At Odessa’s Medical Center Health System, which admits 14,000 patients annually, efforts to reduce readmissions began in earnest in 2013 in response to both the Medicare HRRP as well as Texas’ Medicaid 1115 Transformation Waiver, which financially incentivizes health care improvements through its delivery system reform incentive payments program.
At first, Ruiz said, the effort included two distinct teams: one on the inpatient side that assessed nearly every patient hospitalized for readmissions risk, and another on the outpatient side that followed up with patients for 30 days after discharge.
However, taking responsibility for patient outcomes weeks after discharge was a marked difference from previous protocol. Ruiz described it as a difficult shift in thinking for many hospital staff. Initial readmissions reductions came in below expectations.
“The efforts were strong, and we had good intentions, but we didn’t have amazing results,” she said. “We just didn’t have it quite together.”
In March 2015, Ruiz paused the program to determine what was missing. She and her colleagues began reaching out to hospitals where readmissions reductions programs had achieved greater success. Examining operations at hospitals in Dallas, El Paso and Lubbock, the team learned about strategies they could bring back to Odessa. In July 2015, Ruiz re-launched the effort in a high patient turnover area — the hospital’s telemetry cardiac unit — using a “2 Plus 2” model: two care coordinator nurses plus a community nurse navigator and a social worker or care transition coordinator. In other words, the inpatient and outpatient teams responsible for reducing readmissions were completely merged, establishing a continuous collaborative effort aimed at helping patients stay healthy at home.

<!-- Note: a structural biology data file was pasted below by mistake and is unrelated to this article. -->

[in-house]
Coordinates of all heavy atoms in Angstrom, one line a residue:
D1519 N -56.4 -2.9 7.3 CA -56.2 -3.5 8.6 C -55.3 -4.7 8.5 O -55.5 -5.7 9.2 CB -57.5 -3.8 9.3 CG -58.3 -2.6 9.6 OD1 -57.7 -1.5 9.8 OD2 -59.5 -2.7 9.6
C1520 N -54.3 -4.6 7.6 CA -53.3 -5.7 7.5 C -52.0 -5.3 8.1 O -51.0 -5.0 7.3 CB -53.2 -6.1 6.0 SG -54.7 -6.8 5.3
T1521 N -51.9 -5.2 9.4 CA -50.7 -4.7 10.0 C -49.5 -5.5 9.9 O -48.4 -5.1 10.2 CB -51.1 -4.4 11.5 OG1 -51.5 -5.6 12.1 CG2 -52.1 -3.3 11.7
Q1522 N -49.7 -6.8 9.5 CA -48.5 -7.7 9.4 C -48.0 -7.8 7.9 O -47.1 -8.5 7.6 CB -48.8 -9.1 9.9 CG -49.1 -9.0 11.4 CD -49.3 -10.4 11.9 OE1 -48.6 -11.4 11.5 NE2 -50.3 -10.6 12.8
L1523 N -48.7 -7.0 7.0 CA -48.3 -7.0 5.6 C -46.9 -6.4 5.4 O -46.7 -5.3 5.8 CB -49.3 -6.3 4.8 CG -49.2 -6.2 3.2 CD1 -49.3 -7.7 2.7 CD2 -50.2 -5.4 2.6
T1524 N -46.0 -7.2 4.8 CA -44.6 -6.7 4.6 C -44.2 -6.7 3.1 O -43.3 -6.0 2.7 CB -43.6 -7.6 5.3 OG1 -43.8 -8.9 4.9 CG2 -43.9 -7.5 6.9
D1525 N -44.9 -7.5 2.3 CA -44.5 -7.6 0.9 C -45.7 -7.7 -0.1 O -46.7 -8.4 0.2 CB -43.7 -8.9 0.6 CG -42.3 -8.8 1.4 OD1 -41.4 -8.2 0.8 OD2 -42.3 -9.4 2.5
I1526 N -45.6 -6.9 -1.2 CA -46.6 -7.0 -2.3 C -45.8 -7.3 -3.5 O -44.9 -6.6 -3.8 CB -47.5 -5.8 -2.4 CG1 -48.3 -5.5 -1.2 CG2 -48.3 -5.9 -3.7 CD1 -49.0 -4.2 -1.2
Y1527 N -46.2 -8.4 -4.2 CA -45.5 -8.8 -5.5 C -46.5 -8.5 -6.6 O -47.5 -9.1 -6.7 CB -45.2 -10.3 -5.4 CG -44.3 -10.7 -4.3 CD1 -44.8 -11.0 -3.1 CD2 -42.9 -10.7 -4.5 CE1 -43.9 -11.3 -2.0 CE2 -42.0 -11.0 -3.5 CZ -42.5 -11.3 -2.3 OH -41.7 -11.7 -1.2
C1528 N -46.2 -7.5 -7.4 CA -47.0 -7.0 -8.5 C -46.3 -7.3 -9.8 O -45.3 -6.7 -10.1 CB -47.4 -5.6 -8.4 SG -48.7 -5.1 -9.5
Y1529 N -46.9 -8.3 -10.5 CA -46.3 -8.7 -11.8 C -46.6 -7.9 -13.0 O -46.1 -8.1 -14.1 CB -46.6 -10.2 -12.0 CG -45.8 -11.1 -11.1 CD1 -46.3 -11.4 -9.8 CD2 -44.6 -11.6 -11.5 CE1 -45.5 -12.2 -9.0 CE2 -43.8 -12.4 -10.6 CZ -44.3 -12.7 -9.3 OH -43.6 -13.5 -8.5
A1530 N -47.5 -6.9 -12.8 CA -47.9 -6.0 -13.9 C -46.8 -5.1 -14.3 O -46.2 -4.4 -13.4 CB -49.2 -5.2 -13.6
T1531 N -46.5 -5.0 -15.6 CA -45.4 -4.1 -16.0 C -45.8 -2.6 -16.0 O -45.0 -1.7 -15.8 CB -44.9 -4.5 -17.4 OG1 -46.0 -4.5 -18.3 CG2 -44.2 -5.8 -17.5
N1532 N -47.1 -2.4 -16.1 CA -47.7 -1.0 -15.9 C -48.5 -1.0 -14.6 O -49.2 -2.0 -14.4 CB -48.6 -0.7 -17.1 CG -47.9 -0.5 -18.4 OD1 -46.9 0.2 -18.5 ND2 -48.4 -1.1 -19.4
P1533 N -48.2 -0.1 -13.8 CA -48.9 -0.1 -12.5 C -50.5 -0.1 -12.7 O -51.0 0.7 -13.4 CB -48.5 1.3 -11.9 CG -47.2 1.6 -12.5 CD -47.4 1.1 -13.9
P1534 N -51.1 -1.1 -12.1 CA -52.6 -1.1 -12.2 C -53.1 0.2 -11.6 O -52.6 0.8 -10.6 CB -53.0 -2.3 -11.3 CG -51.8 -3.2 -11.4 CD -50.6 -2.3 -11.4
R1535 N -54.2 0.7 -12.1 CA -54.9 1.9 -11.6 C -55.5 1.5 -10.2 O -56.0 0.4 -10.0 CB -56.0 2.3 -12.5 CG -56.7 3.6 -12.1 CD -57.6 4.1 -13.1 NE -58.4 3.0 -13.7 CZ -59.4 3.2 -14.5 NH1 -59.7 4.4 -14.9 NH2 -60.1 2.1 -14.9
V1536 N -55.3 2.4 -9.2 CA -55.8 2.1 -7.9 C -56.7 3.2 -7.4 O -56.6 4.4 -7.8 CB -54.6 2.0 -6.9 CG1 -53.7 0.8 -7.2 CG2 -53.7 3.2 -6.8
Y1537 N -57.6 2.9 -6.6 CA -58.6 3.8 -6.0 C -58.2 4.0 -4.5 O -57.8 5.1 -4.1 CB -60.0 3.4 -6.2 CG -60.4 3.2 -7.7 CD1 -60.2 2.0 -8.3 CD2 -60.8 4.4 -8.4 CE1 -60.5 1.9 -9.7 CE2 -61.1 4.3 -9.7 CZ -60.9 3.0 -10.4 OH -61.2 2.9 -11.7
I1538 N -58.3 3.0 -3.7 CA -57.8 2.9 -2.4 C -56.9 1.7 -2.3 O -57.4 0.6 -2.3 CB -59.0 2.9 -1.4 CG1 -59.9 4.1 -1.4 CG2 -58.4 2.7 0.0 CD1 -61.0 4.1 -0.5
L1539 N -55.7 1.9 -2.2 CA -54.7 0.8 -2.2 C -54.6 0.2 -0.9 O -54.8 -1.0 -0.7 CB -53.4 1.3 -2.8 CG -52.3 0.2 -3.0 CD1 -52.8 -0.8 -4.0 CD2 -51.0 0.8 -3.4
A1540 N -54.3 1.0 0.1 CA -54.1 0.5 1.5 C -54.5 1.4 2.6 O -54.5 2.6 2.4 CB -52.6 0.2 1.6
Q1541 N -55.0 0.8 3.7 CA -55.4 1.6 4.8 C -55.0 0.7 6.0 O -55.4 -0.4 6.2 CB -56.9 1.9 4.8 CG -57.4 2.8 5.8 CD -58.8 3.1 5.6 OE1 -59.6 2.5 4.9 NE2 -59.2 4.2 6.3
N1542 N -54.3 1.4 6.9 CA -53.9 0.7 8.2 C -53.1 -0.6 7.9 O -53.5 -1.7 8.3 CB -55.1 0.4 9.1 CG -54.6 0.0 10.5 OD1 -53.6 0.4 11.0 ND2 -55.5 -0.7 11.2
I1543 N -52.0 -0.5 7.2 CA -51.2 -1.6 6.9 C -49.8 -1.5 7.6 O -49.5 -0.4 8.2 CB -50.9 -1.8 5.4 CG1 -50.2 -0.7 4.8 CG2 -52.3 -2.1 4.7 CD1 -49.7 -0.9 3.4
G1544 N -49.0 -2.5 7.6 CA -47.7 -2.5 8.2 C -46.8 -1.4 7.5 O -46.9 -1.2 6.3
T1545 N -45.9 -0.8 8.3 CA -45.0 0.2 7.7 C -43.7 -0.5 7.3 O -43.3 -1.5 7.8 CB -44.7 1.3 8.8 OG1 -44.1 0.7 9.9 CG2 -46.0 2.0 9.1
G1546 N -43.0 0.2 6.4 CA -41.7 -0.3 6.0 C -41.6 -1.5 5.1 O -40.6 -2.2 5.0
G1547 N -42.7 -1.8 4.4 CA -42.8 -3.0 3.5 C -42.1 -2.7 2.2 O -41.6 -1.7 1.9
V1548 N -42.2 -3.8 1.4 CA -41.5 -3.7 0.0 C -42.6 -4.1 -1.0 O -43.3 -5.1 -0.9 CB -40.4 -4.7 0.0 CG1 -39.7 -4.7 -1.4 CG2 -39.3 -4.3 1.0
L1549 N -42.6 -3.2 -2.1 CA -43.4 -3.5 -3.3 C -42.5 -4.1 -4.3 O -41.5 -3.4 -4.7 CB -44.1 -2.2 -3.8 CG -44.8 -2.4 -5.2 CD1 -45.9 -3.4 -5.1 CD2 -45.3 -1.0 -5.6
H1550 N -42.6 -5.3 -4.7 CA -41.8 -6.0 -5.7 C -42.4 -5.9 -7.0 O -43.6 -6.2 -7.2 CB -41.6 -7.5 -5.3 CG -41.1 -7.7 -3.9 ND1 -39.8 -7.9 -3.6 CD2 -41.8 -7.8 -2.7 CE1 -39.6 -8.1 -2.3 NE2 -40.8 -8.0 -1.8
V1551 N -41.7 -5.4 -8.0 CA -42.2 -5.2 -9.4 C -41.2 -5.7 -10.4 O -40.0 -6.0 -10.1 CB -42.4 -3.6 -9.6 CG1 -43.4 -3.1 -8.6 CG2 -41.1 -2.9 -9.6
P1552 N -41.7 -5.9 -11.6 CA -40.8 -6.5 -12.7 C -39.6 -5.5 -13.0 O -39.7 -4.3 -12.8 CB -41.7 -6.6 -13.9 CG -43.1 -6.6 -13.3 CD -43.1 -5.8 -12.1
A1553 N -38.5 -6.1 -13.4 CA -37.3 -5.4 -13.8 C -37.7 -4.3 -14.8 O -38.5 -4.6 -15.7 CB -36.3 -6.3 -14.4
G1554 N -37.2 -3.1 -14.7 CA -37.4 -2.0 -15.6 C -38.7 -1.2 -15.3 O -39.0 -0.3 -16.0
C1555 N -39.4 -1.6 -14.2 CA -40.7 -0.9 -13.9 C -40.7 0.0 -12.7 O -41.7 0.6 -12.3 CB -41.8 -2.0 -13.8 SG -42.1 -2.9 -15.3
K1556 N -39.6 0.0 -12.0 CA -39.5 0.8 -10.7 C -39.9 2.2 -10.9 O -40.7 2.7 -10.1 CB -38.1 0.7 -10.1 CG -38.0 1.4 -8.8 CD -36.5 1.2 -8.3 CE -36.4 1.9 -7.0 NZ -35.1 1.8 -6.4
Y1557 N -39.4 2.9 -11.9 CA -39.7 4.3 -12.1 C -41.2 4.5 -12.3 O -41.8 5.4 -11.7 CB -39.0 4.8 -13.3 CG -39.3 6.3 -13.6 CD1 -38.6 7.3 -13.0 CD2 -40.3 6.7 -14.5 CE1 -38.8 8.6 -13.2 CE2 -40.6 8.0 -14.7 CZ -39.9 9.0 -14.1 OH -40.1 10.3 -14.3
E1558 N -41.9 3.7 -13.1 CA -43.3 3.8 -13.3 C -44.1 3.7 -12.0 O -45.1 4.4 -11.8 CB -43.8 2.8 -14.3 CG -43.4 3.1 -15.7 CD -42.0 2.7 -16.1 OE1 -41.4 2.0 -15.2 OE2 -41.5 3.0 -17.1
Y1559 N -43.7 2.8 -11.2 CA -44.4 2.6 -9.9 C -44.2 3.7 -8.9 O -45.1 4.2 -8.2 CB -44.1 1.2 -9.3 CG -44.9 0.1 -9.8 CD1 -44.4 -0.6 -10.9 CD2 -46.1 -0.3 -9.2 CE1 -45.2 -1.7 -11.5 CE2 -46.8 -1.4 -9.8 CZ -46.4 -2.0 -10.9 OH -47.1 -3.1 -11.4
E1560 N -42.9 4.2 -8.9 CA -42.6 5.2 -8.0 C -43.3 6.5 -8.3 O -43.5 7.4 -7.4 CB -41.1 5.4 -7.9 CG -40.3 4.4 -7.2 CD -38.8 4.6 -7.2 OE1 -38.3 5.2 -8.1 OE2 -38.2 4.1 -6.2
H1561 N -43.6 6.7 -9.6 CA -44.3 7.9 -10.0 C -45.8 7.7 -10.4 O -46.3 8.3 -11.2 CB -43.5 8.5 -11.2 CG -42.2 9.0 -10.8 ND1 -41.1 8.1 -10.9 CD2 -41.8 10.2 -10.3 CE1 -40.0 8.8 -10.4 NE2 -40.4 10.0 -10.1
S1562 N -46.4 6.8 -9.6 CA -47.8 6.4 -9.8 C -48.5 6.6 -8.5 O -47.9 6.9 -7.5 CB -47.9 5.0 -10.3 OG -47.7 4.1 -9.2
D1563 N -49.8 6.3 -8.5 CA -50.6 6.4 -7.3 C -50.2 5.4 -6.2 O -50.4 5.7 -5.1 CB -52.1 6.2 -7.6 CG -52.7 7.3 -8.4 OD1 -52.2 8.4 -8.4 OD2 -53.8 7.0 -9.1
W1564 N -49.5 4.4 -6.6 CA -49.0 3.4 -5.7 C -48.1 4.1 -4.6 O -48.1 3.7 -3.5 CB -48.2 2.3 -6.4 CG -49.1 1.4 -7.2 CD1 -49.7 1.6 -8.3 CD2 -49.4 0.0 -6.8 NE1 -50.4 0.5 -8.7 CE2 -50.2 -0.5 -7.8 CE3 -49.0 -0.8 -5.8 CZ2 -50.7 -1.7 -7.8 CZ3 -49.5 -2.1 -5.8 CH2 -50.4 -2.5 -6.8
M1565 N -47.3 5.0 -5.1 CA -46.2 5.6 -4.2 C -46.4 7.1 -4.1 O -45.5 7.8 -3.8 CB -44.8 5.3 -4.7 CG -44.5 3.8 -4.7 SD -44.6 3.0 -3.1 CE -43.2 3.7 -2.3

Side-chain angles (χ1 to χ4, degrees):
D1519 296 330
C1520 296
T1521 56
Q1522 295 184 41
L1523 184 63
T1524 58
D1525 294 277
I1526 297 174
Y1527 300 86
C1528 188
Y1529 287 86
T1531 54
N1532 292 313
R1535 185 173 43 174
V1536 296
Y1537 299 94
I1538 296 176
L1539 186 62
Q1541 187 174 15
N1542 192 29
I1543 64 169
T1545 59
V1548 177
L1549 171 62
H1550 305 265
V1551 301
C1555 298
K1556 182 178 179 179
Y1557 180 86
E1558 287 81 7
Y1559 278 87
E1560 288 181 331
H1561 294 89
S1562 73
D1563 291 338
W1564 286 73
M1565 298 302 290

The process begins with an inpatient assessment that analyzes risk for a readmission. If the patient is at risk, he or she is referred to the outpatient team, which follows the patient for at least 30 days and often, much longer. Patients receive critical follow-up information on how to care for their conditions and prevent further complications, and the community health team helps them find and access the social supports that enable better health, from prescription drug assistance programs to Medicaid enrollment to something as simple as a bus pass for patients without their own transportation.
The revamp was a success: To date, the average length of stay at the Odessa hospital has dropped by a solid day. Readmissions have dropped for patients with acute myocardial infarction, heart failure and joint replacement; the hospital’s readmissions penalties were cut in half between fiscal years 2016 and 2017. Today, four units within the hospital participate in the full 2 Plus 2 model, Ruiz said, with hopes to expand it across the hospital.
“We’ve absolutely transformed health care in this hospital,” she said. “We want to make this program so valuable to the community, our patients and the hospital that we can’t continue to do our work without it.”
Ruiz said continuing to reduce readmissions will certainly get tougher — “but that just means we have to get smarter, quicker and more creative.”